It seems to be easy to make arguments one way or another about the effect of regulation on jobs. What does the evidence say? Those seeking an answer would do well to look at a recent book on the subject by Coglianese, Finkel, and Carrigan. Although the book is broader in scope, it provides a careful survey of the empirical literature. I’m going to forgo the opportunity to editorialize and just report what they found.
A leading study by Michael Greenstone found that areas classified as non-attainment by EPA had lower employment than other areas, amounting to about 3.4% of manufacturing jobs. The study design didn’t allow conclusions about whether existing jobs were lost or whether job growth just switched to the other states. A later study by Walker found that overall employment in the most regulated sectors fell by 15% relative to areas with less regulation. Two earlier studies had found no statistically significant effects.
The literature review concludes, based on these and other studies:
These major studies indicate that the relationship between regulations and jobs is far less pronounced than typically portrayed in political debate. The research has generated at most only tepid or mixed support for the proposition that regulation kills jobs. Although the results vary between positive and negative, statistically significant and insignificant, the studies do fairly consistently demonstrate that any effects of regulation are at most modest relative to the overall size of the labor market. [pp.8-9]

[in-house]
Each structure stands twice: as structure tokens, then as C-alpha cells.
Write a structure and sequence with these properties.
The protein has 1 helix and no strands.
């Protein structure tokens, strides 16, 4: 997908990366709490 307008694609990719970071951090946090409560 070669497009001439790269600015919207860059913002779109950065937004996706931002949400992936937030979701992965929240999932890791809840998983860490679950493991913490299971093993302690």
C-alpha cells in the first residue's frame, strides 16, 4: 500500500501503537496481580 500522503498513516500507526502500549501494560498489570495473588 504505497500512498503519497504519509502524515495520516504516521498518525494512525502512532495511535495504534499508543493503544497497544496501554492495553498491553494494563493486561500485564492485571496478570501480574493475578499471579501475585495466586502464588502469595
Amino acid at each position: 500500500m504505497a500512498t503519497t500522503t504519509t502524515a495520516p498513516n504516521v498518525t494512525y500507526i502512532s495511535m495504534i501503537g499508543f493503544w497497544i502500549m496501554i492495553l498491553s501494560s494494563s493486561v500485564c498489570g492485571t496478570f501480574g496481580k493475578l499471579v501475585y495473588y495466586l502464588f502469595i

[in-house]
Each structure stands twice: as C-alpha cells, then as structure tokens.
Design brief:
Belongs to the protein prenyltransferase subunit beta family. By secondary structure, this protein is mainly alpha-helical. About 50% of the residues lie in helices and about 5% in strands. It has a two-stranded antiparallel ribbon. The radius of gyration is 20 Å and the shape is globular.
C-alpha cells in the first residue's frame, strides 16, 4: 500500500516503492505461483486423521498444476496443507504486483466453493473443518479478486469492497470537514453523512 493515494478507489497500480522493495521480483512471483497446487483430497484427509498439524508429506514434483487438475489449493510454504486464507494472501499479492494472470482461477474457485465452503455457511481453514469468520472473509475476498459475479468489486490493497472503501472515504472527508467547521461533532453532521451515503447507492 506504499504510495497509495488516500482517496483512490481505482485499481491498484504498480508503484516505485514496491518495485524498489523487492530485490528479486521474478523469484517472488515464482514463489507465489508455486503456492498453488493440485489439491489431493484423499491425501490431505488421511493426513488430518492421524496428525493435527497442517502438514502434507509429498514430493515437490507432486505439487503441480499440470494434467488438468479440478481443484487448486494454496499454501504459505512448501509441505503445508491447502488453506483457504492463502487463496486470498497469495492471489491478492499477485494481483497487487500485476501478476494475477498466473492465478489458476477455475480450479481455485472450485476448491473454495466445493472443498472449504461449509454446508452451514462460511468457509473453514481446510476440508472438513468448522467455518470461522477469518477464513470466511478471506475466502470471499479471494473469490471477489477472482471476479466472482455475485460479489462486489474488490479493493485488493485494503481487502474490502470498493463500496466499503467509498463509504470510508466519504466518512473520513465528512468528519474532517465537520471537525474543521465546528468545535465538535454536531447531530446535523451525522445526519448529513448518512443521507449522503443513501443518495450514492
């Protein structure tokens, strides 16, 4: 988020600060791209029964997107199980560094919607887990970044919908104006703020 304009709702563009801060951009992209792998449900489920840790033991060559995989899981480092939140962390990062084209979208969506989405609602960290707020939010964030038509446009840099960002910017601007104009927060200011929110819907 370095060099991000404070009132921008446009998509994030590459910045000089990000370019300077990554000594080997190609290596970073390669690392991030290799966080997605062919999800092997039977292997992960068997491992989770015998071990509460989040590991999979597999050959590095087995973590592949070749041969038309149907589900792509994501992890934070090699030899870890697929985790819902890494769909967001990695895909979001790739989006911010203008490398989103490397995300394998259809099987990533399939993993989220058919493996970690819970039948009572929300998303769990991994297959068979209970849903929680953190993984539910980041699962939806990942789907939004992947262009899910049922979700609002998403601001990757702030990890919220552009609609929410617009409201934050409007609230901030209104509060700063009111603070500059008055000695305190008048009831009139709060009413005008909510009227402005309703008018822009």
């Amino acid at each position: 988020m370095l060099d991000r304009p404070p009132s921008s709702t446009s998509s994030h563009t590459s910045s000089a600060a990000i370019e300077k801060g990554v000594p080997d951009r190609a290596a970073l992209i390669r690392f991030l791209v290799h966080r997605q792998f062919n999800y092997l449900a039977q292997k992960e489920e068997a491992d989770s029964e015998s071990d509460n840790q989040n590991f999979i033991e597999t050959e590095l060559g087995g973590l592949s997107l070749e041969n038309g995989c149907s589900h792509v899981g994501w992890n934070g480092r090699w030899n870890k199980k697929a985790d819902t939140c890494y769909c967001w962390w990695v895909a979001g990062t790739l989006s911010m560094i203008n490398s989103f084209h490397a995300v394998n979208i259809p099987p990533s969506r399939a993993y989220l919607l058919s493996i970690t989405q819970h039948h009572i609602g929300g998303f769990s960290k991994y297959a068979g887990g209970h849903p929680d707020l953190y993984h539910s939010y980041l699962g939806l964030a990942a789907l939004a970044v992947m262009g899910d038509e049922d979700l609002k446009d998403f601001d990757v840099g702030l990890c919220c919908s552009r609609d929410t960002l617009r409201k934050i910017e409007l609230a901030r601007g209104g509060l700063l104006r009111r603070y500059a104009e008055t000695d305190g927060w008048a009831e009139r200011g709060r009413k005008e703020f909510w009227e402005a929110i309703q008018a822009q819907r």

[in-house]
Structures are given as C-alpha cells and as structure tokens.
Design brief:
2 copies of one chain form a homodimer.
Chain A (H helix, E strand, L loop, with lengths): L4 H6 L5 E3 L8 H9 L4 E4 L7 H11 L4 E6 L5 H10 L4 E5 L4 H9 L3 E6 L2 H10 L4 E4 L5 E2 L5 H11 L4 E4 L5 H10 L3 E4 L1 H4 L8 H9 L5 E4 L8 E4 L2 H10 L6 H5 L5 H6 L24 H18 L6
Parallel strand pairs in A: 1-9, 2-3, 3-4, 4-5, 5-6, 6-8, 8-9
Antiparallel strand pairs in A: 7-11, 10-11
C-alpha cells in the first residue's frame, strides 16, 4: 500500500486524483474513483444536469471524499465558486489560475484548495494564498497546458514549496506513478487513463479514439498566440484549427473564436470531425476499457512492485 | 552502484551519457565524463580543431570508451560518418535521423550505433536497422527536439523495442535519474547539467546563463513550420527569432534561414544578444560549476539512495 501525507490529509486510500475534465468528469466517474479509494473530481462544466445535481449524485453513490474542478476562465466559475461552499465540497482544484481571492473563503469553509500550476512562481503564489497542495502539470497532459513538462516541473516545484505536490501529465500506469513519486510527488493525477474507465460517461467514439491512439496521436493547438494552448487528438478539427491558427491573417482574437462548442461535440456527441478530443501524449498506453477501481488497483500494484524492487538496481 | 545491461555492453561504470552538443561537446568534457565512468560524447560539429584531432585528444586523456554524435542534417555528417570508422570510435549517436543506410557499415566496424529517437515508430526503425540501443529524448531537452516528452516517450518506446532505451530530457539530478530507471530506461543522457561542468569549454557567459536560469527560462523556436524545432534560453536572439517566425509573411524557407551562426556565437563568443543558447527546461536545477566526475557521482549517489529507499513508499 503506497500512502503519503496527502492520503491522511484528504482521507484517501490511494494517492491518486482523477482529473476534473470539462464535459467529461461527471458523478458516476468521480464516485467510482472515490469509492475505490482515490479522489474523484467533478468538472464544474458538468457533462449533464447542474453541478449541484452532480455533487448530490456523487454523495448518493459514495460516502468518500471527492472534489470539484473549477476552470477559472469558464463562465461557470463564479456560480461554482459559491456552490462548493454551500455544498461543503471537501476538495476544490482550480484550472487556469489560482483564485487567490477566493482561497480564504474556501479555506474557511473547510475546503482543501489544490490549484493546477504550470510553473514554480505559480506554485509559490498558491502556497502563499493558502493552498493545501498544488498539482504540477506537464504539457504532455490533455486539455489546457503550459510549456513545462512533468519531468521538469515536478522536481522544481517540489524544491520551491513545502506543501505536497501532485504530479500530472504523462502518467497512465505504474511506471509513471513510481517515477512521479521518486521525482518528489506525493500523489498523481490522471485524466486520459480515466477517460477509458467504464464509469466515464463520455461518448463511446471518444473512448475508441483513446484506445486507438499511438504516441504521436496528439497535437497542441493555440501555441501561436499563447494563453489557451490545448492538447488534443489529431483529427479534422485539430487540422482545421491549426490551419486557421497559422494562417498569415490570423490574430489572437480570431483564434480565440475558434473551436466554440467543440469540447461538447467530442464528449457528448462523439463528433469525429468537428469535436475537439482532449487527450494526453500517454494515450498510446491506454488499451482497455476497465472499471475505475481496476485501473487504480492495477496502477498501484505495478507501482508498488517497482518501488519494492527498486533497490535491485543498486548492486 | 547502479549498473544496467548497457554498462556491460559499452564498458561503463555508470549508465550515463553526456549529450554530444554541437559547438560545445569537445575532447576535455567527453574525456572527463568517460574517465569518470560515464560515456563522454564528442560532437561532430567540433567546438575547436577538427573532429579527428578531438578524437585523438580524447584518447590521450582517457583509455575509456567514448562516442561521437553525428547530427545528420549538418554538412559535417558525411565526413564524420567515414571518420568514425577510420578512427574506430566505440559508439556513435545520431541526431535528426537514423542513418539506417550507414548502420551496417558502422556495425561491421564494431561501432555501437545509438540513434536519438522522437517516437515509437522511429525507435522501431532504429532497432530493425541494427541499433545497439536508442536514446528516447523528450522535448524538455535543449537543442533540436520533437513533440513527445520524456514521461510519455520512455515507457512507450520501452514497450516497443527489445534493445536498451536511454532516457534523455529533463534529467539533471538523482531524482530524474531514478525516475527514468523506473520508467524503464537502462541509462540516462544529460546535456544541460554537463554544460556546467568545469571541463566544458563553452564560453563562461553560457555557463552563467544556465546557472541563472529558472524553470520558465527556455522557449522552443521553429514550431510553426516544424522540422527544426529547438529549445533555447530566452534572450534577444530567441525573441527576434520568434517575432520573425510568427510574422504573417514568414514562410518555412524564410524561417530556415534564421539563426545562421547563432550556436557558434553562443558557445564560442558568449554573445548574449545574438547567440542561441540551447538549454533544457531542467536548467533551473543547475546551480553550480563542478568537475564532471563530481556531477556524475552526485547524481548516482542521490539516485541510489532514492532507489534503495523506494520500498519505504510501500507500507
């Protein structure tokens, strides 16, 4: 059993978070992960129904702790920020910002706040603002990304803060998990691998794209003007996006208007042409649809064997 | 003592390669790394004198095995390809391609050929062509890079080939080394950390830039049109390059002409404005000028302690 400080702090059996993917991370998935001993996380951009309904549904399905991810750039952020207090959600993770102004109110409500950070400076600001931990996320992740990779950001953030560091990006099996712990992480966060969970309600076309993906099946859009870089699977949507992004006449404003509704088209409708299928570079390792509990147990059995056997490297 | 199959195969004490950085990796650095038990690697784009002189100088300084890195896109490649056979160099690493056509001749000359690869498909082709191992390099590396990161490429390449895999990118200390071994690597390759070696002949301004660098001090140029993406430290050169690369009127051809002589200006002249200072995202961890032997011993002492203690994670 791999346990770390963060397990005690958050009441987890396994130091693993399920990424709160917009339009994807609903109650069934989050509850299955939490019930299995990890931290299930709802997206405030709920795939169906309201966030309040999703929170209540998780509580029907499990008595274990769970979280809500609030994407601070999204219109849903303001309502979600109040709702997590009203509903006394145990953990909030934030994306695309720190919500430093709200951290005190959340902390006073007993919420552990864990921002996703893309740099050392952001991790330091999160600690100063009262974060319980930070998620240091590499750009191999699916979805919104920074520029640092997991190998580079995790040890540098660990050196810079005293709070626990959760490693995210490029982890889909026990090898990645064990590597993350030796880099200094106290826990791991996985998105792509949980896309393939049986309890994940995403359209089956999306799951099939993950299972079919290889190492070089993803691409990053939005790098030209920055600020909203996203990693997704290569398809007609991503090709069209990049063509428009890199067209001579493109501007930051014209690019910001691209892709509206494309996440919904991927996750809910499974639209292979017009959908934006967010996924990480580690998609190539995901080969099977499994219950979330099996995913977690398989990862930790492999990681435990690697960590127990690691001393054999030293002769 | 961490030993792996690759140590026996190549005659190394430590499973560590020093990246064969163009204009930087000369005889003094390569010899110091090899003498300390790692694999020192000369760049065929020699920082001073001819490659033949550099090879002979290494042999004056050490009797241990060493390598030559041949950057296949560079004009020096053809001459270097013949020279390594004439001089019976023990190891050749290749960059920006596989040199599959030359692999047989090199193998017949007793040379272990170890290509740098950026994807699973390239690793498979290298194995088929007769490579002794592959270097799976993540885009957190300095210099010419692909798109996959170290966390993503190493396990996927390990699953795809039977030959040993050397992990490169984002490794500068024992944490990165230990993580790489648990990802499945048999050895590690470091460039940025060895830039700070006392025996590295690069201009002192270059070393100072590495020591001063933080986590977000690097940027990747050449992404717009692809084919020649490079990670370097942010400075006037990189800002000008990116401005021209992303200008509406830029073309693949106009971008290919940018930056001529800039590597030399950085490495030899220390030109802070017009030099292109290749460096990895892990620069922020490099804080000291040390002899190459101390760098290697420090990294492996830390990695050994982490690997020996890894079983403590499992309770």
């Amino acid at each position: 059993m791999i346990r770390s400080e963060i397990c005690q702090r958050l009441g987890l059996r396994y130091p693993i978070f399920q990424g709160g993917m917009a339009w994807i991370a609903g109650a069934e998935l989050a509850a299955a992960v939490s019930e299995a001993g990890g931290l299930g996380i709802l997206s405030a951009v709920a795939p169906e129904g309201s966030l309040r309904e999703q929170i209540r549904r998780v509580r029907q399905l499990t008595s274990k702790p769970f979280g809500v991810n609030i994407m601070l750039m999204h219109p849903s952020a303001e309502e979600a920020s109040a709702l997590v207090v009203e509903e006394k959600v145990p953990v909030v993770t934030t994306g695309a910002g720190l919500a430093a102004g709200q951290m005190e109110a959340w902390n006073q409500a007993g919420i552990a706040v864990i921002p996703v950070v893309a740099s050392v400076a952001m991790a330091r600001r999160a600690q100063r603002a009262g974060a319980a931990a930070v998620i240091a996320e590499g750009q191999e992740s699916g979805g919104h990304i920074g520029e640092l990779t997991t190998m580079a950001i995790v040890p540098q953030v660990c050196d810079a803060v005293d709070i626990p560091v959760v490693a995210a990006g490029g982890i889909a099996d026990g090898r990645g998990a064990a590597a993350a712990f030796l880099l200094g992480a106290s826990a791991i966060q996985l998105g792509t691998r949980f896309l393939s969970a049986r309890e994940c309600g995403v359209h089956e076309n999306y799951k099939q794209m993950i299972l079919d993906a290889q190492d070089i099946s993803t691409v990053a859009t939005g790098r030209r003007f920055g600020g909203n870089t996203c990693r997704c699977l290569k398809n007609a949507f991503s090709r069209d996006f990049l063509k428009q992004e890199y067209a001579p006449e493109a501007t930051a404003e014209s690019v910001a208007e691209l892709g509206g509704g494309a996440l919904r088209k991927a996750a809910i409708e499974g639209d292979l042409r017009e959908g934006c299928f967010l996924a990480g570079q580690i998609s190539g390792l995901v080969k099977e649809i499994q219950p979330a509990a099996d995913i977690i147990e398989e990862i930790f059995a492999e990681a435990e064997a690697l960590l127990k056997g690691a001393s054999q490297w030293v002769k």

Another chapter in the book suggests that the impact on employment may vary between industries, with higher impacts in concentrated industries and lower impact on industries with growing demand. [p. 66] The book also includes a study the focuses specifically on power-sector regulations. The study found that a carbon price of $15/ton would cause on overall reduction of 0.1% in manufacturing, with losses of 1% in the most energy-intensive industries. [pp. 82-84]
On a percentage basis, these are very small fractions of the labor market. That doesn’t mean that the job losses are insignificant to the people who suffer them. I remain sympathetic to efforts to better take those costs into account, although it’s not clear to me whether that should be done in the regulatory process or through making better provision for the unemployed generally.